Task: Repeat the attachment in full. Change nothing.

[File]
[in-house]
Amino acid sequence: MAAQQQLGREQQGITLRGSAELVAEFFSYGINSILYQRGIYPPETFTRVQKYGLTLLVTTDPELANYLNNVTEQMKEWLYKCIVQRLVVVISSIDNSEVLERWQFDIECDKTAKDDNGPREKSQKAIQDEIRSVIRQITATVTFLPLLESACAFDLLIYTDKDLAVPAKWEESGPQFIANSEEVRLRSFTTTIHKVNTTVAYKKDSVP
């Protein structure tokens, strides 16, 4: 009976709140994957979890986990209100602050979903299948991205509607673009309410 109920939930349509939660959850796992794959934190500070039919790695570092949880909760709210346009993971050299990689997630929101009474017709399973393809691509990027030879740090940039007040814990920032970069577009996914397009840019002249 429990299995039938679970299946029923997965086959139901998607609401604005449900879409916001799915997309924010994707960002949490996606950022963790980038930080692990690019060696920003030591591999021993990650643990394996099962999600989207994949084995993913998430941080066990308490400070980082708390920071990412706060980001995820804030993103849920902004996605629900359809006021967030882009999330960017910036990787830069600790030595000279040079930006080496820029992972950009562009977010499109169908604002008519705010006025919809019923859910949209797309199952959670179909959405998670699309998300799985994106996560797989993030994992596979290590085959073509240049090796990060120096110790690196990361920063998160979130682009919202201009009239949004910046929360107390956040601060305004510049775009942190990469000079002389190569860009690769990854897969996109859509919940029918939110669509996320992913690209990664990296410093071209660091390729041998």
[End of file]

[in-house]
Amino acid sequence: MAAQQQLGREQQGITLRGSAELVAEFFSYGINSILYQRGIYPPETFTRVQKYGLTLLVTTDPELANYLNNVTEQMKEWLYKCIVQRLVVVISSIDNSEVLERWQFDIECDKTAKDDNGPREKSQKAIQDEIRSVIRQITATVTFLPLLESACAFDLLIYTDKDLAVPAKWEESGPQFIANSEEVRLRSFTTTIHKVNTTVAYKKDSVP
């Protein structure tokens, strides 16, 4: 009976709140994957979890986990209100602050979903299948991205509607673009309410 109920939930349509939660959850796992794959934190500070039919790695570092949880909760709210346009993971050299990689997630929101009474017709399973393809691509990027030879740090940039007040814990920032970069577009996914397009840019002249 429990299995039938679970299946029923997965086959139901998607609401604005449900879409916001799915997309924010994707960002949490996606950022963790980038930080692990690019060696920003030591591999021993990650643990394996099962999600989207994949084995993913998430941080066990308490400070980082708390920071990412706060980001995820804030993103849920902004996605629900359809006021967030882009999330960017910036990787830069600790030595000279040079930006080496820029992972950009562009977010499109169908604002008519705010006025919809019923859910949209797309199952959670179909959405998670699309998300799985994106996560797989993030994992596979290590085959073509240049090796990060120096110790690196990361920063998160979130682009919202201009009239949004910046929360107390956040601060305004510049775009942190990469000079002389190569860009690769990854897969996109859509919940029918939110669509996320992913690209990664990296410093071209660091390729041998």